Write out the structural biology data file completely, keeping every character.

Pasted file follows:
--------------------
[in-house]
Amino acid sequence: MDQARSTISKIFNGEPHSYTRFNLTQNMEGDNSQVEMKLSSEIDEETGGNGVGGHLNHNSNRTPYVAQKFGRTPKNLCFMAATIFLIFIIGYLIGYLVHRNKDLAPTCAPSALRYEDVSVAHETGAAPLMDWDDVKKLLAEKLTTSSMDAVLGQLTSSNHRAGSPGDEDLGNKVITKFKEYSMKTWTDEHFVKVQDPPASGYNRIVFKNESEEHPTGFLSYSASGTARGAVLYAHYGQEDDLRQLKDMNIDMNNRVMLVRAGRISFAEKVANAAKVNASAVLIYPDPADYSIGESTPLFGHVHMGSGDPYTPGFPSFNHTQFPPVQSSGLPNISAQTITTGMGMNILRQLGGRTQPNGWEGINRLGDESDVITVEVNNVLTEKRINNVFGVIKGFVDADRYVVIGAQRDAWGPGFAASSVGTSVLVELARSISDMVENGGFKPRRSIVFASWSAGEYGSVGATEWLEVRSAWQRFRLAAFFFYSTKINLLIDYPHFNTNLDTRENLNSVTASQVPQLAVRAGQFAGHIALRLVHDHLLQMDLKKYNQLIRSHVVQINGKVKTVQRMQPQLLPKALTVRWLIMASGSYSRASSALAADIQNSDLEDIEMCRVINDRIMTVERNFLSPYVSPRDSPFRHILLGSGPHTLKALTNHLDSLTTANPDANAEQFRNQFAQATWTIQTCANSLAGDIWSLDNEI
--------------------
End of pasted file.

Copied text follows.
[in-house]
Amino acid sequence: MDQARSTISKIFNGEPHSYTRFNLTQNMEGDNSQVEMKLSSEIDEETGGNGVGGHLNHNSNRTPYVAQKFGRTPKNLCFMAATIFLIFIIGYLIGYLVHRNKDLAPTCAPSALRYEDVSVAHETGAAPLMDWDDVKKLLAEKLTTSSMDAVLGQLTSSNHRAGSPGDEDLGNKVITKFKEYSMKTWTDEHFVKVQDPPASGYNRIVFKNESEEHPTGFLSYSASGTARGAVLYAHYGQEDDLRQLKDMNIDMNNRVMLVRAGRISFAEKVANAAKVNASAVLIYPDPADYSIGESTPLFGHVHMGSGDPYTPGFPSFNHTQFPPVQSSGLPNISAQTITTGMGMNILRQLGGRTQPNGWEGINRLGDESDVITVEVNNVLTEKRINNVFGVIKGFVDADRYVVIGAQRDAWGPGFAASSVGTSVLVELARSISDMVENGGFKPRRSIVFASWSAGEYGSVGATEWLEVRSAWQRFRLAAFFFYSTKINLLIDYPHFNTNLDTRENLNSVTASQVPQLAVRAGQFAGHIALRLVHDHLLQMDLKKYNQLIRSHVVQINGKVKTVQRMQPQLLPKALTVRWLIMASGSYSRASSALAADIQNSDLEDIEMCRVINDRIMTVERNFLSPYVSPRDSPFRHILLGSGPHTLKALTNHLDSLTTANPDANAEQFRNQFAQATWTIQTCANSLAGDIWSLDNEI